Before I wrote Balor Reborn, I wrote up a list of options for myself, books I could see myself writing but hadn't yet planned. I emailed that list to three people and asked for feedback. Two out of three responded in favour of the Irish myth story that was Balor Reborn (the third didn't have a preference).
Out of that brief email exchange, I committed myself to the idea.
But why Irish mythology? Out of everything I could have written, Irish mythology is fairly unknown. Greek mythology is much more well known. So is Norse mythology, and Egyptian mythology.
And here I was, turning to the Irish. Yes, I'm a native and a resident, but that doesn't mean much these days. Rick Riordan is American and writes about Greek mythology. Alan Early is Irish but writes about Norse mythology.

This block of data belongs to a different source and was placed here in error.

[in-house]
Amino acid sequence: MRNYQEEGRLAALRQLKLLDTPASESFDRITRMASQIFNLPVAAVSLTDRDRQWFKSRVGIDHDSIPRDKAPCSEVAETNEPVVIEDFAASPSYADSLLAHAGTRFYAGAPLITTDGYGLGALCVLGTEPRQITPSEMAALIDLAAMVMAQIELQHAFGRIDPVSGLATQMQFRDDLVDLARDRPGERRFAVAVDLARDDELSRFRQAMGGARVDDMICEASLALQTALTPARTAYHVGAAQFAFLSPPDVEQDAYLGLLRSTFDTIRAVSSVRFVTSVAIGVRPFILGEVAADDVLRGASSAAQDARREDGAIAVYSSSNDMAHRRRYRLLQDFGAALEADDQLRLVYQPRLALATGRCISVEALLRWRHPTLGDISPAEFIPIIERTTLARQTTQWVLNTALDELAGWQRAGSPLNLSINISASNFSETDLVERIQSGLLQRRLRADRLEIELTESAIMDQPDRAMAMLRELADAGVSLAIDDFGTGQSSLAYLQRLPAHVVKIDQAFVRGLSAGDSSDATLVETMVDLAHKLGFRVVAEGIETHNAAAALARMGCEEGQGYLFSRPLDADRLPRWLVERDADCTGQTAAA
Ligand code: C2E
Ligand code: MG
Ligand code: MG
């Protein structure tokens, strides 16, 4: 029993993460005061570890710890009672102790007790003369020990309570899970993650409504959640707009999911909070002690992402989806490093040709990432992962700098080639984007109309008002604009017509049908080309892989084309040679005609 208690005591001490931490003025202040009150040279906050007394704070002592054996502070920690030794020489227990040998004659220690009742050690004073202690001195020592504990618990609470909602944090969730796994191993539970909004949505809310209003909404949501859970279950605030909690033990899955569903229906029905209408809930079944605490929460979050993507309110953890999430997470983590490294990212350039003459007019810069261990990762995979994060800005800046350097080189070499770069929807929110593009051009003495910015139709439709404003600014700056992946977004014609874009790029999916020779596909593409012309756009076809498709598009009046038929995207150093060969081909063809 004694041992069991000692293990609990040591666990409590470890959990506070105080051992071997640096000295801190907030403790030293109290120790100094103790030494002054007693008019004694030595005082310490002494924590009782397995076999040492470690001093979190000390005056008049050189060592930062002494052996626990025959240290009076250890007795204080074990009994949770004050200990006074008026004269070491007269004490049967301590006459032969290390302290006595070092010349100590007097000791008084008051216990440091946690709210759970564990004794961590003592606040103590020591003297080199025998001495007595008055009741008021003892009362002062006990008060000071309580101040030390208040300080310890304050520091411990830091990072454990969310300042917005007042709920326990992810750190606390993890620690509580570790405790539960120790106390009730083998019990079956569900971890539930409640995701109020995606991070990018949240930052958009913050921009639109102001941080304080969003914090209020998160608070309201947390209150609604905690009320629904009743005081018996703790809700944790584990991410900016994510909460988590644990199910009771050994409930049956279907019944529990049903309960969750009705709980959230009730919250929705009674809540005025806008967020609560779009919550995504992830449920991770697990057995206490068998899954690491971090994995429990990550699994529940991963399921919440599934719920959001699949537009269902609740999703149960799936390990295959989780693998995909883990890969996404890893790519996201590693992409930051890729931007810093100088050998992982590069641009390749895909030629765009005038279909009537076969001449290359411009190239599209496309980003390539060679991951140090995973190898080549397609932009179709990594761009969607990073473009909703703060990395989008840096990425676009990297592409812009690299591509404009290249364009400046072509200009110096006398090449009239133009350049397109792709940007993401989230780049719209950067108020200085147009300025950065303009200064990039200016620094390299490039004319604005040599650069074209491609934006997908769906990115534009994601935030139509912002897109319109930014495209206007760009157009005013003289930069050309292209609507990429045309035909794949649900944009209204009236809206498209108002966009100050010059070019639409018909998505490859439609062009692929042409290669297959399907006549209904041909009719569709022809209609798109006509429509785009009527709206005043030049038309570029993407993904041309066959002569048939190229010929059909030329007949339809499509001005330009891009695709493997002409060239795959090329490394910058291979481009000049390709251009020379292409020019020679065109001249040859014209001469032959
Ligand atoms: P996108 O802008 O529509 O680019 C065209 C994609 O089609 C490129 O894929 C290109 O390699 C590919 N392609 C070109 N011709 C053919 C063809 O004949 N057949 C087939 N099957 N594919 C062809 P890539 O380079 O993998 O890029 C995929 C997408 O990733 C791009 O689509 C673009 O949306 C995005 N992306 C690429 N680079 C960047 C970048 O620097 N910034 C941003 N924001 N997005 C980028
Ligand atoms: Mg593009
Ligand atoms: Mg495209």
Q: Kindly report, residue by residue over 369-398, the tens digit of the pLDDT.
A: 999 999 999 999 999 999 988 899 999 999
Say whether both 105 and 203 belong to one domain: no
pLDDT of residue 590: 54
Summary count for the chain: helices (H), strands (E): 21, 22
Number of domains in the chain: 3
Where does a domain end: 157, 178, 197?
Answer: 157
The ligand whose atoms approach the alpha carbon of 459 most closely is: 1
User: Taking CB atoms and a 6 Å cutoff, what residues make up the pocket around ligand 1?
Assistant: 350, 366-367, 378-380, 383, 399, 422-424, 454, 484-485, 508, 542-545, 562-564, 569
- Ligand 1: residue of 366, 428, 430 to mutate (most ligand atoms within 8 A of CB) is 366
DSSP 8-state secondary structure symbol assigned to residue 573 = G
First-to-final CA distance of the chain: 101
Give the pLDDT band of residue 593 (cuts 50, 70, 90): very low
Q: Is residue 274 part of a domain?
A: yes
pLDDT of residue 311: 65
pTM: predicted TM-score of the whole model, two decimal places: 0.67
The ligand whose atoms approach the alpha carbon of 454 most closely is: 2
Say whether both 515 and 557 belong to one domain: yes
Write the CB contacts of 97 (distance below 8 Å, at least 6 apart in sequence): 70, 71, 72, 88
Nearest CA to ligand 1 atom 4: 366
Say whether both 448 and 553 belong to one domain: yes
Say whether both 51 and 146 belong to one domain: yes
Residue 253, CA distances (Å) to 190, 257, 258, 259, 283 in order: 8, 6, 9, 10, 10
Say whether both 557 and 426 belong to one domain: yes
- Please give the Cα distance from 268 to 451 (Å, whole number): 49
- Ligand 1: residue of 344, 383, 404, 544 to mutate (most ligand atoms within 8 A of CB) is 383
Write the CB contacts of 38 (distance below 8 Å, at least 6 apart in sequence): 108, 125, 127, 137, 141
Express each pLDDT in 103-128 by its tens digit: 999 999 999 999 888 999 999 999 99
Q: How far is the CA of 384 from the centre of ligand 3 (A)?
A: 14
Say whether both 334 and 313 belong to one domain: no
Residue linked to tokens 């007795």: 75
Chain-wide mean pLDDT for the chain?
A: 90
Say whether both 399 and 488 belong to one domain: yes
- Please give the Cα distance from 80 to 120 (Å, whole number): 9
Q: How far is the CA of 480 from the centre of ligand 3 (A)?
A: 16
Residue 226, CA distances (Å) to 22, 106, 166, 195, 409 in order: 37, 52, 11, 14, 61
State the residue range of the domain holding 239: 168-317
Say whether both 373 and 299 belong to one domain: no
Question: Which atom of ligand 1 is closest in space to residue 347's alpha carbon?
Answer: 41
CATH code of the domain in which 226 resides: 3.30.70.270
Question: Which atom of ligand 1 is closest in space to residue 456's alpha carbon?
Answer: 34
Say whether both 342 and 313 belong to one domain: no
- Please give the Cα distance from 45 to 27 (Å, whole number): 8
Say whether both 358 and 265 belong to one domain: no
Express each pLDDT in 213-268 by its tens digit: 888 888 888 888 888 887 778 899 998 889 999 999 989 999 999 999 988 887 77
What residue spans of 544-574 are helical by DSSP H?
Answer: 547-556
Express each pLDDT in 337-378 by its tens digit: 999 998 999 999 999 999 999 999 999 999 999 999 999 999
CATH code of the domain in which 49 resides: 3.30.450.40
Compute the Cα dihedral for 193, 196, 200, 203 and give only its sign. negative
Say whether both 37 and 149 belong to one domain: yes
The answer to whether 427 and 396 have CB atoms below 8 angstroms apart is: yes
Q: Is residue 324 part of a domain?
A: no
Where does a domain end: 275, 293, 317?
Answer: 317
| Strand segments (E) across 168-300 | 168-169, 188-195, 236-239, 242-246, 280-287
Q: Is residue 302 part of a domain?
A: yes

The stories of Irish folklore and mythology just weren't touched upon that much, and I saw a sense of excitement in that. Here was Balor, a murderous, giant invader with a single eye and an army behind him. Or the literal black dog that, as in many stories, is a symbol of death. Here were fairies and gods that slipped away from general knowledge into ancient history, and heroes with magical powers and objects.
I could have written an urban fantasy series. I could have written about bullying and abuse of power. I could have written about alcoholism and the Irish way. I could have written about mutants or the powers of Heaven. Instead, I chose Balor. I chose to tell the story of an unlikely hero. I chose to give the world magic again. I chose the wonder of the old meeting the excitement of the new.